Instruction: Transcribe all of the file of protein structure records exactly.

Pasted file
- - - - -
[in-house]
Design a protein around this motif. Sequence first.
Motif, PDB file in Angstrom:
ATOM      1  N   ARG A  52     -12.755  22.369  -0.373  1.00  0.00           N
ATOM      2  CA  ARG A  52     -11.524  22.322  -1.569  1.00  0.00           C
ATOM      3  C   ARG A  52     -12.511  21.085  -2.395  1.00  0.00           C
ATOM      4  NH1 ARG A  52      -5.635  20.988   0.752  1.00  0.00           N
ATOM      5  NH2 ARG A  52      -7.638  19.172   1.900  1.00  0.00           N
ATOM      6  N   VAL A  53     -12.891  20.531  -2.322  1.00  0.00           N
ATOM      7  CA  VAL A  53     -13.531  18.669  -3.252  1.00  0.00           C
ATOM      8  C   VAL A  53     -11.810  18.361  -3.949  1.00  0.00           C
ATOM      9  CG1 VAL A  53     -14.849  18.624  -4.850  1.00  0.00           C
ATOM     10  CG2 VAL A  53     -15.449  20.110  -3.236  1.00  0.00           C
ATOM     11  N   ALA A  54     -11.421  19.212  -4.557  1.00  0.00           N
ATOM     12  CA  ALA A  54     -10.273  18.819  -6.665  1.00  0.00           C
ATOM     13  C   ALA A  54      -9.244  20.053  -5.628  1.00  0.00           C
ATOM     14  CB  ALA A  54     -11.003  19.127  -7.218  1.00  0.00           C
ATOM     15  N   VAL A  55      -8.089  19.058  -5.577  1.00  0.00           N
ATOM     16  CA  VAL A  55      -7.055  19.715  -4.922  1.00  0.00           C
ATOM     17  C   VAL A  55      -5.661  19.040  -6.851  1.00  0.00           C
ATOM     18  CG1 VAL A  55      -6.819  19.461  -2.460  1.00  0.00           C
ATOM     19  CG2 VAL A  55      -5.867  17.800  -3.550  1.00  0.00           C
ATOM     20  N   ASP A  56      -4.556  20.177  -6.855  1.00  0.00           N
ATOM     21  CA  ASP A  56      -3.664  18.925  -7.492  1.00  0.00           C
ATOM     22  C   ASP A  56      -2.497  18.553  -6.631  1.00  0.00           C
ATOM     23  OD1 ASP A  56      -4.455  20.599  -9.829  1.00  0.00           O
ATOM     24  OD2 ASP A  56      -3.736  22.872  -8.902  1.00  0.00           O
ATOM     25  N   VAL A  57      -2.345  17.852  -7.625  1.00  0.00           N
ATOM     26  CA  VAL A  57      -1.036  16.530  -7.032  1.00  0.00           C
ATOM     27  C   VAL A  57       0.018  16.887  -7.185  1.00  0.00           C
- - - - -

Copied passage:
[in-house]
Design a protein around this motif. Sequence first.
Motif, PDB file in Angstrom:
ATOM      1  N   ARG A  52     -12.755  22.369  -0.373  1.00  0.00           N
ATOM      2  CA  ARG A  52     -11.524  22.322  -1.569  1.00  0.00           C
ATOM      3  C   ARG A  52     -12.511  21.085  -2.395  1.00  0.00           C
ATOM      4  NH1 ARG A  52      -5.635  20.988   0.752  1.00  0.00           N
ATOM      5  NH2 ARG A  52      -7.638  19.172   1.900  1.00  0.00           N
ATOM      6  N   VAL A  53     -12.891  20.531  -2.322  1.00  0.00           N
ATOM      7  CA  VAL A  53     -13.531  18.669  -3.252  1.00  0.00           C
ATOM      8  C   VAL A  53     -11.810  18.361  -3.949  1.00  0.00           C
ATOM      9  CG1 VAL A  53     -14.849  18.624  -4.850  1.00  0.00           C
ATOM     10  CG2 VAL A  53     -15.449  20.110  -3.236  1.00  0.00           C
ATOM     11  N   ALA A  54     -11.421  19.212  -4.557  1.00  0.00           N
ATOM     12  CA  ALA A  54     -10.273  18.819  -6.665  1.00  0.00           C
ATOM     13  C   ALA A  54      -9.244  20.053  -5.628  1.00  0.00           C
ATOM     14  CB  ALA A  54     -11.003  19.127  -7.218  1.00  0.00           C
ATOM     15  N   VAL A  55      -8.089  19.058  -5.577  1.00  0.00           N
ATOM     16  CA  VAL A  55      -7.055  19.715  -4.922  1.00  0.00           C
ATOM     17  C   VAL A  55      -5.661  19.040  -6.851  1.00  0.00           C
ATOM     18  CG1 VAL A  55      -6.819  19.461  -2.460  1.00  0.00           C
ATOM     19  CG2 VAL A  55      -5.867  17.800  -3.550  1.00  0.00           C
ATOM     20  N   ASP A  56      -4.556  20.177  -6.855  1.00  0.00           N
ATOM     21  CA  ASP A  56      -3.664  18.925  -7.492  1.00  0.00           C
ATOM     22  C   ASP A  56      -2.497  18.553  -6.631  1.00  0.00           C
ATOM     23  OD1 ASP A  56      -4.455  20.599  -9.829  1.00  0.00           O
ATOM     24  OD2 ASP A  56      -3.736  22.872  -8.902  1.00  0.00           O
ATOM     25  N   VAL A  57      -2.345  17.852  -7.625  1.00  0.00           N
ATOM     26  CA  VAL A  57      -1.036  16.530  -7.032  1.00  0.00           C
ATOM     27  C   VAL A  57       0.018  16.887  -7.185  1.00  0.00           C